The Cybersecurity and Infrastructure Security Agency (CISA), National Security Agency (NSA), Federal Bureau of Investigation (FBI), Australian Signals Directorate’s Australian Cyber Security Centre (ACSC), Canadian Centre for Cyber Security (CCCS), New Zealand National Cyber Security Centre (NZ NCSC), Computer Emergency Response Team New Zealand (CERT NZ), and the United Kingdom’s National Cyber Security Centre (NCSC-UK) published an advisory today on the common vulnerabilities and exposures (CVEs), to include associated common weakness enumeration (CWE), that were routinely and frequently exploited by malicious actors last year.
The joint Cybersecurity Advisory, titled “2022 Top Routinely Exploited Vulnerabilities,” provides technical background details on the 12 most exploited vulnerabilities and an overview of an additional 30 vulnerabilities often used to compromise organizations, including specific details that organizations can use to identify and mitigate their exposure.
For the first time, this advisory outlines the CWEs associated with these vulnerabilities, which reflects the underlying root causes that led to the exploited vulnerability. In order to reduce the prevalence of common classes of vulnerabilities, this advisory urges technology vendors to implement specific secure by design principles and to ensure that all published CVEs include the proper CWE identifying the root cause of the vulnerability.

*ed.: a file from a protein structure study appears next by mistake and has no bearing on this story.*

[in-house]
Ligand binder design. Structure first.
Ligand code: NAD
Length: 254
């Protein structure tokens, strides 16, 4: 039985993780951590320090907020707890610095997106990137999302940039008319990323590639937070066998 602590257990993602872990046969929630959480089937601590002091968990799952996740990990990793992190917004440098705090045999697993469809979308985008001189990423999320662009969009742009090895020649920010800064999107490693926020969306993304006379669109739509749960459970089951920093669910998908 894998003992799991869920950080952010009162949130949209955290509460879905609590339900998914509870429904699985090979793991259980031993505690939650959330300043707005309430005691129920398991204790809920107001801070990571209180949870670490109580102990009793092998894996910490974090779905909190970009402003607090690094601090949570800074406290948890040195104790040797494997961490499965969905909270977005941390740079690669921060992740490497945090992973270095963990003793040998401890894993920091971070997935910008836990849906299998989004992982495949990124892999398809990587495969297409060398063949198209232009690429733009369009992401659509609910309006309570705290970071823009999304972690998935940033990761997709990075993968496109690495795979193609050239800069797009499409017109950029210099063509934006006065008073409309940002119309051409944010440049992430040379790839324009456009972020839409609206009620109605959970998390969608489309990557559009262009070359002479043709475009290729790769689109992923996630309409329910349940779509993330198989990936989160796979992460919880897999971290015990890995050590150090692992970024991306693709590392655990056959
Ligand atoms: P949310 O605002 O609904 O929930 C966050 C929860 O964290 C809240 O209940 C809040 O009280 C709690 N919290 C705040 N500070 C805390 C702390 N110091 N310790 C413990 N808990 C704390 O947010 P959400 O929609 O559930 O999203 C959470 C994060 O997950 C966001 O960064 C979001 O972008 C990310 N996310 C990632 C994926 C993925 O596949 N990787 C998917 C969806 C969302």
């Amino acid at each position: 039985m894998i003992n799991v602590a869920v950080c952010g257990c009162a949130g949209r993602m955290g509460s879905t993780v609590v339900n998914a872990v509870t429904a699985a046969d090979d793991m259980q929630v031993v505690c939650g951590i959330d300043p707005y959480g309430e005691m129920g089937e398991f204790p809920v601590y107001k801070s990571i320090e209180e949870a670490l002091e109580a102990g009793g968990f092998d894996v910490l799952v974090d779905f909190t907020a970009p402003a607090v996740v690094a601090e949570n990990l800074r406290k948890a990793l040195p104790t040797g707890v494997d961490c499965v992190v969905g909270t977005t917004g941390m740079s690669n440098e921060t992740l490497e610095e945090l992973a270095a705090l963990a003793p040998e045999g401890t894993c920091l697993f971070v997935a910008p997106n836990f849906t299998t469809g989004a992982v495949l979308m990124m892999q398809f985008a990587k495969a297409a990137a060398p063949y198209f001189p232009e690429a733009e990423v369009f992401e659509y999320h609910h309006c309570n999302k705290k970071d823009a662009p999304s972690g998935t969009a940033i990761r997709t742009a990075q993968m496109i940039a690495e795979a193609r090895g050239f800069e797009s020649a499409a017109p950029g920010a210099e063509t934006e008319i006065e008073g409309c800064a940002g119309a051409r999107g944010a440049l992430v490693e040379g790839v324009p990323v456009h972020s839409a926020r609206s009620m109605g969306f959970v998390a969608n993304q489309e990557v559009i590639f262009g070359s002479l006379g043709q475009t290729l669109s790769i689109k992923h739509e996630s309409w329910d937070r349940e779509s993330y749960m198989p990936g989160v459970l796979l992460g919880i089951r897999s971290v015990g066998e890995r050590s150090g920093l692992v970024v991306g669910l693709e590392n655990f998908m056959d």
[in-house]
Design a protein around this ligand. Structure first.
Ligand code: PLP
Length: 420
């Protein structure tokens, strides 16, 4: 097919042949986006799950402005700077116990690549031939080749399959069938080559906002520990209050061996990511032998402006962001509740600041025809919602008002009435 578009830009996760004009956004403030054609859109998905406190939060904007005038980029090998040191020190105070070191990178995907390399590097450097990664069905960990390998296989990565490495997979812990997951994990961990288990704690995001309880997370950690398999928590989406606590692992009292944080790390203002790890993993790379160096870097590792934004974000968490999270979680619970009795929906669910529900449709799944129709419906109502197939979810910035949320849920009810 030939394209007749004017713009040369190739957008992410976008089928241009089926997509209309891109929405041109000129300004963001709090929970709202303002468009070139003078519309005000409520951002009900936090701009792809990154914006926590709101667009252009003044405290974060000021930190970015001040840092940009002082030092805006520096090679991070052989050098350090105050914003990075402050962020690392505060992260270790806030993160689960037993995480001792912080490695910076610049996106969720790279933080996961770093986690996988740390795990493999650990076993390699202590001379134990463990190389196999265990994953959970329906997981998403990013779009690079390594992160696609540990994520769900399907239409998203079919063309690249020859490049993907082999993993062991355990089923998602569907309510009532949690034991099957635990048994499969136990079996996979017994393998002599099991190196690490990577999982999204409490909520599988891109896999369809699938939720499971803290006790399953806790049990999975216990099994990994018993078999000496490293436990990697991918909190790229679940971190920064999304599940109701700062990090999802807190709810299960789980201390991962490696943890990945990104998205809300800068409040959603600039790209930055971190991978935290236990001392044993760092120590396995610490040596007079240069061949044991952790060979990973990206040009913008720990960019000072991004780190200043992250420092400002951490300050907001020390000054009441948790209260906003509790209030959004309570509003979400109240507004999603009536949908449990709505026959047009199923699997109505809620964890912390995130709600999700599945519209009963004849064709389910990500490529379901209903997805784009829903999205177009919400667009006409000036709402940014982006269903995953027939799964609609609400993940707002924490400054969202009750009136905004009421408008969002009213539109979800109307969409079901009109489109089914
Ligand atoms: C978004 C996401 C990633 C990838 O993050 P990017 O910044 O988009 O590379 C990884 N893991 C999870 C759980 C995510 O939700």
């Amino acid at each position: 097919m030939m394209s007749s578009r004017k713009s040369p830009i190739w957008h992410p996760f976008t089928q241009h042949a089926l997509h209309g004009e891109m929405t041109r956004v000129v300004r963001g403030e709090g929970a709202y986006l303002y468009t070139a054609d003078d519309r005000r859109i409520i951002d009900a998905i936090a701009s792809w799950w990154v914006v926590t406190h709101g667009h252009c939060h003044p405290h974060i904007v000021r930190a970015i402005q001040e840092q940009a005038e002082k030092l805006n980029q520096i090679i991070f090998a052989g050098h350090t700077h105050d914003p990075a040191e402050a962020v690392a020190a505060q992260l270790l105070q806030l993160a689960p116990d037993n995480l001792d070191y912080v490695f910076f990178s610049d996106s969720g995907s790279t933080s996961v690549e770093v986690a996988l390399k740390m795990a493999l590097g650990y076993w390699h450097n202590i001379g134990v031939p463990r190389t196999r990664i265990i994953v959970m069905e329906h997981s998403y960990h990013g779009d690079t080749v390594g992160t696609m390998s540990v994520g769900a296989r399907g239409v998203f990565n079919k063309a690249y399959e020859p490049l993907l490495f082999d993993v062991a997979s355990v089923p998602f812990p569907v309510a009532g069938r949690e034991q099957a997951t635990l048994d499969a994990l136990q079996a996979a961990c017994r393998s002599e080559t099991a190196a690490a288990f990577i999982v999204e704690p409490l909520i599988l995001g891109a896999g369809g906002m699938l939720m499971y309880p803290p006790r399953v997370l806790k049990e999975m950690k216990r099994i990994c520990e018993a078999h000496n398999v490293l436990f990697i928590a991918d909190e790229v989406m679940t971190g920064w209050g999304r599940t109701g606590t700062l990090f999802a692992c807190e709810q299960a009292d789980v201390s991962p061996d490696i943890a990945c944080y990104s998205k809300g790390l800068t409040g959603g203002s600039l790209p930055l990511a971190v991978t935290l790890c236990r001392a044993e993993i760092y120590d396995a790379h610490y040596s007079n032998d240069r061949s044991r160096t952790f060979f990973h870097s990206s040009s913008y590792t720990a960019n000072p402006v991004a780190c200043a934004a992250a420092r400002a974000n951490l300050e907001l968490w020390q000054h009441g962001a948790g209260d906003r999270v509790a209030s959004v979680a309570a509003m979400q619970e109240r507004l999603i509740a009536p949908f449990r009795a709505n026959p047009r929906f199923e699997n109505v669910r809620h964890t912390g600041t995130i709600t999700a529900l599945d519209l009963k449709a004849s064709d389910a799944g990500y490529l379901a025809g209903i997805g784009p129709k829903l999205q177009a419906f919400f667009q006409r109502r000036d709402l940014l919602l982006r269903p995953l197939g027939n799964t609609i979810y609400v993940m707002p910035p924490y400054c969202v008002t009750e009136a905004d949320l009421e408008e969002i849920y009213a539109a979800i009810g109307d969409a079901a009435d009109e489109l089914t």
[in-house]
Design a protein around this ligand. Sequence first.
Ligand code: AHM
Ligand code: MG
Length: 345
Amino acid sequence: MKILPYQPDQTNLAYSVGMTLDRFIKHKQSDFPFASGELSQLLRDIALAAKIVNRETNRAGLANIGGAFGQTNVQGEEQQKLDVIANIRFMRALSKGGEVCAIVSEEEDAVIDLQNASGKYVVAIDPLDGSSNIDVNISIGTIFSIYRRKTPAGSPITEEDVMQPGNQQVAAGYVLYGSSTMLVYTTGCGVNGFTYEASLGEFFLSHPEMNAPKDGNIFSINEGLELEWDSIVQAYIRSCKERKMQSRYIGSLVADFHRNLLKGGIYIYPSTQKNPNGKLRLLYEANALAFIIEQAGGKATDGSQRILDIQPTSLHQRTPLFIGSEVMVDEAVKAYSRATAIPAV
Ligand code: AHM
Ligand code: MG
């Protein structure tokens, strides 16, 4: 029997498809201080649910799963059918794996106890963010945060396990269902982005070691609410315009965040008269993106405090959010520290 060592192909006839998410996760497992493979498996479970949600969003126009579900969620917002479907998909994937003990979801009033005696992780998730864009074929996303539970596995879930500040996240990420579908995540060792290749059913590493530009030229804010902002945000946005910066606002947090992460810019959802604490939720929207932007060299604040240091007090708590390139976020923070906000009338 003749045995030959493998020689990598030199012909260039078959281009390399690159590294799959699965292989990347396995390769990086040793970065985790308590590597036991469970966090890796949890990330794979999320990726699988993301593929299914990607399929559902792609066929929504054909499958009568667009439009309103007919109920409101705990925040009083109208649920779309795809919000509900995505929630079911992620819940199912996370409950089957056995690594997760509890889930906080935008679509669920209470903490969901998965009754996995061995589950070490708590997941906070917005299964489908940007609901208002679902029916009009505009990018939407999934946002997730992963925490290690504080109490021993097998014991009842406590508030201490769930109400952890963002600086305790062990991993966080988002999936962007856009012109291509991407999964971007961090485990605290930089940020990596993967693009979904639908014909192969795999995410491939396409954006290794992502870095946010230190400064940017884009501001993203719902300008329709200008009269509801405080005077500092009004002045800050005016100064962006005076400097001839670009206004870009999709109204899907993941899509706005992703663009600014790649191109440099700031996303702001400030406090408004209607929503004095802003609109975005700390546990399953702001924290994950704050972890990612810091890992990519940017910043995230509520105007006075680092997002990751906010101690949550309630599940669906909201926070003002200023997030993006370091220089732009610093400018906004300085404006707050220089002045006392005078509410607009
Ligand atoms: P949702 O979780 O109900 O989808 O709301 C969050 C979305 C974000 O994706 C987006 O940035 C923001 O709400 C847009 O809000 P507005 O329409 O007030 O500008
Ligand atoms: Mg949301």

“Today, adversaries commonly exploit categories of vulnerabilities that can and must be addressed by technology providers as part of their commitment to Secure by Design,” said Eric Goldstein,CISA Executive Assistant Director for Cybersecurity. “Until that day, malicious actors will continue to find it far too easy to exploit organizations around the world. With our partners, we urge all organizations to review our joint advisory, for every enterprise to prioritize mitigation of these vulnerabilities, and for every technology provider to take accountability for the security outcomes of their customers by reducing the prevalence of these vulnerabilities by design.”
“Organizations continue using unpatched software and systems, leaving easily discovered openings for cyber actors to target,” said Neal Ziring, the Technical Director for NSA’s Cybersecurity Directorate. “Older vulnerabilities can provide low-cost and high impact means for these actors to access sensitive data.”
“The FBI remains committed to sharing critical cyber threat information with the private sector to combat malicious cyber activity that is targeting American businesses,” said Bryan Vorndran, Assistant Director of the FBI’s Cyber Division. “We strongly encourage all organizations to address potential network vulnerabilities and implement mitigation strategies referenced in the product. By working with our federal, international, and private sector partners, we will continue to strengthen our defense against malicious cyber actors.”